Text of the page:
They Don’t Sell That Where I Come From

Grocery stores reveal a lot about a place. In Germany, grocery stores are just a couple of aisles. They’re very focused. You want mayonnaise? Here, have a tube of mayonnaise. There aren’t 27 brands to choose from. There isn’t full fat, low fat, no fat, imitation. There aren’t glass jars, plastic tubs, squeeze tubes. There’s just one of each product, and you either take it or leave it. Though at first, it seemed so limiting, by the time I came home from a year in Germany, I was so adapted to it that I was completely overwhelmed by American grocery stores.

In America, we don’t have grocery stores; we have supermarkets. There are entire aisles dedicated to bread, entire shelves stocked with ketchup, more cereal choices that you could consume in a year. Even “exotic items” have options. And if you want to buy your toilet paper, light bulbs, school notebooks, and laundry detergent, do your banking, and pick up your prescription while you’re at the grocery store, no problem.

So while I usually enjoy going to grocery stores in foreign countries—you never know just what you might find, and it always provides a bit of insight into the country you’re visiting—I don’t particularly enjoy American supermarkets. Grocery shopping takes forever. I have to compare prices and compare nutrition facts. I have to try to calculate the actual savings of driving to another store that has better prices on certain items in regards to the cost of gas and the value of my time. It’s just not fun.

Thus you’d probably think that being that Jeff and I are currently on vacation—enjoying the beach at Pawleys Island, SC—I’d probably not be very happy about having to go to the grocery store. But you’d be wrong. I actually enjoyed it. First of all, the store is called Piggly Wiggly, which is without a doubt the best name for a grocery store. I saw that they were selling shirts with the mascot pig on it, and I must say, I’m tempted to go back and buy one. Secondly, though American supermarkets are pretty standardized, there are some differences. For instance, in the produce section of the Piggly Wiggly I found boiled peanuts and packages of collards and mustard greens. We are, indisputably, in the south. The Jefferson Davis Memorial Highway and the Confederate flag rafts only served to back that up. The blazing sun that left my legs and my knee in particular (odd, I know) a fiery shade of red provided final confirmation.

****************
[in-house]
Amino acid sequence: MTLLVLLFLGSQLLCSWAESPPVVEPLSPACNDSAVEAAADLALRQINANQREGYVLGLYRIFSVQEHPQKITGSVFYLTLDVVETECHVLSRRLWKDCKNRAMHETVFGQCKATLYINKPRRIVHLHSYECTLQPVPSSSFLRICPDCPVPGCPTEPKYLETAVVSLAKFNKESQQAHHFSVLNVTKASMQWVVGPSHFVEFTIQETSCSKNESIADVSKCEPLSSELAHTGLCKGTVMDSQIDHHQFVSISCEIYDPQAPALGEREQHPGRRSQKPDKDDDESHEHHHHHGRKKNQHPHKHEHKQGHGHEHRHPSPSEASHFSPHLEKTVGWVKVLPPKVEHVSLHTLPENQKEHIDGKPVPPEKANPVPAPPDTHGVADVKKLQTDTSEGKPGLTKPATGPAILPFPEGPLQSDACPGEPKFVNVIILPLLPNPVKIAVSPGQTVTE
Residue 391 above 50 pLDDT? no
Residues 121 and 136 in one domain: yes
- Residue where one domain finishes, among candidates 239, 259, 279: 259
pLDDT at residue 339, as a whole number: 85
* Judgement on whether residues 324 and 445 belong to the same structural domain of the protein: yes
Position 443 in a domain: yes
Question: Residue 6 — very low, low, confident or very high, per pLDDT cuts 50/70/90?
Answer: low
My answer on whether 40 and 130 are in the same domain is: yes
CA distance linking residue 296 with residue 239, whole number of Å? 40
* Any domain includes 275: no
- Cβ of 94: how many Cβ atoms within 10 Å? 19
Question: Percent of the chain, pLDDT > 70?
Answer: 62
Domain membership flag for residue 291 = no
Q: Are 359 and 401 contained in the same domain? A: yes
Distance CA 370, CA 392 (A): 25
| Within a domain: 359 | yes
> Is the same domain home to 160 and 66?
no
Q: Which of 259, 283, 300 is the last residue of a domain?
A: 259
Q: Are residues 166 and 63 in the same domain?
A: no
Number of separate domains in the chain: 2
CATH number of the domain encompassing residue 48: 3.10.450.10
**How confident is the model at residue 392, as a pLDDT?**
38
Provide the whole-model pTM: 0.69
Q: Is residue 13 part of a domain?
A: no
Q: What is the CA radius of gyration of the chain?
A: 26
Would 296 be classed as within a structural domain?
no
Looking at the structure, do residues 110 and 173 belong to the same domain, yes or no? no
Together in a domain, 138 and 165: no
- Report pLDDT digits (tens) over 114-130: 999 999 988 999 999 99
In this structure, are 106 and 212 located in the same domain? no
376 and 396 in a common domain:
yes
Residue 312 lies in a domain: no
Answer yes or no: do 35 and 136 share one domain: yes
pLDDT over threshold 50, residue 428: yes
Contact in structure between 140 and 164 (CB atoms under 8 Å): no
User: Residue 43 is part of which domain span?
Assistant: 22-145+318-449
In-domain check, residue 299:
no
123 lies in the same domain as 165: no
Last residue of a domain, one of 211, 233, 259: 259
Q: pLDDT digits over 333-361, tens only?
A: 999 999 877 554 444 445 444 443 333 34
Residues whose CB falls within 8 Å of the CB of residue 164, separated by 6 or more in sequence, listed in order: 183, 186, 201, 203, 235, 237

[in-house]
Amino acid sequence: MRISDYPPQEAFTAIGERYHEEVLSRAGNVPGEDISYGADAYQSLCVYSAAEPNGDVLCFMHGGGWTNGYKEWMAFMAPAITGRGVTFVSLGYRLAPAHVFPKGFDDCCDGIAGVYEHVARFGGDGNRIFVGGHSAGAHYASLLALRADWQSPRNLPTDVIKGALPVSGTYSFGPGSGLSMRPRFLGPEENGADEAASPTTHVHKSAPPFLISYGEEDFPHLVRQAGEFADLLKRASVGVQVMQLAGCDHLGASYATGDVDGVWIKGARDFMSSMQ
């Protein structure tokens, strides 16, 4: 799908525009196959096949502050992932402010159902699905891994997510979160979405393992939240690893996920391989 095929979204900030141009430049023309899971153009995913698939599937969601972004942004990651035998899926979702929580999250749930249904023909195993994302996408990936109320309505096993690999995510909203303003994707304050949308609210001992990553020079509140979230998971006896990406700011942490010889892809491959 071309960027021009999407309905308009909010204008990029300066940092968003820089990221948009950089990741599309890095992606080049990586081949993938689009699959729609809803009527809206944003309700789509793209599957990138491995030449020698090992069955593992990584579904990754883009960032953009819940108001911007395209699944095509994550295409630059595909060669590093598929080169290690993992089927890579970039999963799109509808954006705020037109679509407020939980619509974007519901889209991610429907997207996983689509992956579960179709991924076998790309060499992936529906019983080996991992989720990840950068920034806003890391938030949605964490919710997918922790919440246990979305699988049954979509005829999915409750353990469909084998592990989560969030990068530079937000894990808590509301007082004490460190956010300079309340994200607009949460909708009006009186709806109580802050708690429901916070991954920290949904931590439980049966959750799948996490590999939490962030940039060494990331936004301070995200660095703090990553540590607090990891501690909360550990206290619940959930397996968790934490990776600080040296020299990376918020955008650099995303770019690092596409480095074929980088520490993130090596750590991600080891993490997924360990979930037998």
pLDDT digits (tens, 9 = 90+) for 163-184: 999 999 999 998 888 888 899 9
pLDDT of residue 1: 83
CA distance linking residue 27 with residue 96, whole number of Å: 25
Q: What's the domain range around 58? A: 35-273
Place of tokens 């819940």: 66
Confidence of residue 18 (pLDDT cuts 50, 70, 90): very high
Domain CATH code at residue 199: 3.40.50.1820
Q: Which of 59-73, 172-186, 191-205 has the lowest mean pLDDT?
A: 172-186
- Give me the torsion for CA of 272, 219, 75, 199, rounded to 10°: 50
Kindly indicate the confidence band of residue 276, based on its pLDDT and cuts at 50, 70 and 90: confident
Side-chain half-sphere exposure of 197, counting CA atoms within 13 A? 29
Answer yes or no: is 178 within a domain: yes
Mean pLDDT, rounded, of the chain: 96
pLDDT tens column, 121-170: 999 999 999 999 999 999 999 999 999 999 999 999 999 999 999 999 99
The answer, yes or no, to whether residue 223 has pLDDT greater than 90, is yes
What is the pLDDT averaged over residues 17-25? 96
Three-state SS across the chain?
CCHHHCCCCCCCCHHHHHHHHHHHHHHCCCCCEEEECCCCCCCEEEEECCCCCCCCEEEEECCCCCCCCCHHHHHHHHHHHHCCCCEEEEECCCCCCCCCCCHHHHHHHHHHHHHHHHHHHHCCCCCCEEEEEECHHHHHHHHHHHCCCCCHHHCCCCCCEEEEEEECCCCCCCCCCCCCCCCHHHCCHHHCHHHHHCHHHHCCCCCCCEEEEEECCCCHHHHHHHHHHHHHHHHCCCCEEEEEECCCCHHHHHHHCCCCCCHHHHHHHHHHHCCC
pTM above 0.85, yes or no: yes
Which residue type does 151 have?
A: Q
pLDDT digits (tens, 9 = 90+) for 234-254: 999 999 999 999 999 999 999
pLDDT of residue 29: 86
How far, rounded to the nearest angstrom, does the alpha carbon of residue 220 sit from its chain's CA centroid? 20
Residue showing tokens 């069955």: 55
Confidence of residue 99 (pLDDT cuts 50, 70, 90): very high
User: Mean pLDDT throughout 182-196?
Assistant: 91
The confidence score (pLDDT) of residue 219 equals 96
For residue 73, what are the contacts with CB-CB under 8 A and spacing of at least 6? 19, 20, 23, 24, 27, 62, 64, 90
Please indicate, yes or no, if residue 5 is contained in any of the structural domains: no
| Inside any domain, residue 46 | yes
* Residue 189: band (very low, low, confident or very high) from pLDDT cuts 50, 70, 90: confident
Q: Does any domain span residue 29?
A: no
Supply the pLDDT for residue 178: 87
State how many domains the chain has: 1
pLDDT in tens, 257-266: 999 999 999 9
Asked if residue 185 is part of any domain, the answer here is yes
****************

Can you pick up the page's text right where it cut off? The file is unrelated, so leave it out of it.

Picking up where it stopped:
Anyhow, what items in your grocery store give away your location? And what is the weirdest thing you’ve found in a foreign grocery store?

3 Replies to “They Don’t Sell That Where I Come From”

  1. The Piggly Wiggly is the best grocery store in the South.

    There’s a Mexican grocery store up the street from me and they’ve always got fun things there – probably most notably – green cards.

  2. I LOVE grocery stores in foreign countries, too!

    Here in Brazil, the have a great purple berry grown in the Amazon called ACAI. Chock full of antioxidants. That is one thing you don’t see in a US grocery store, nor did I see it in the rest of South America. When you get here, try it out. It’s really good!

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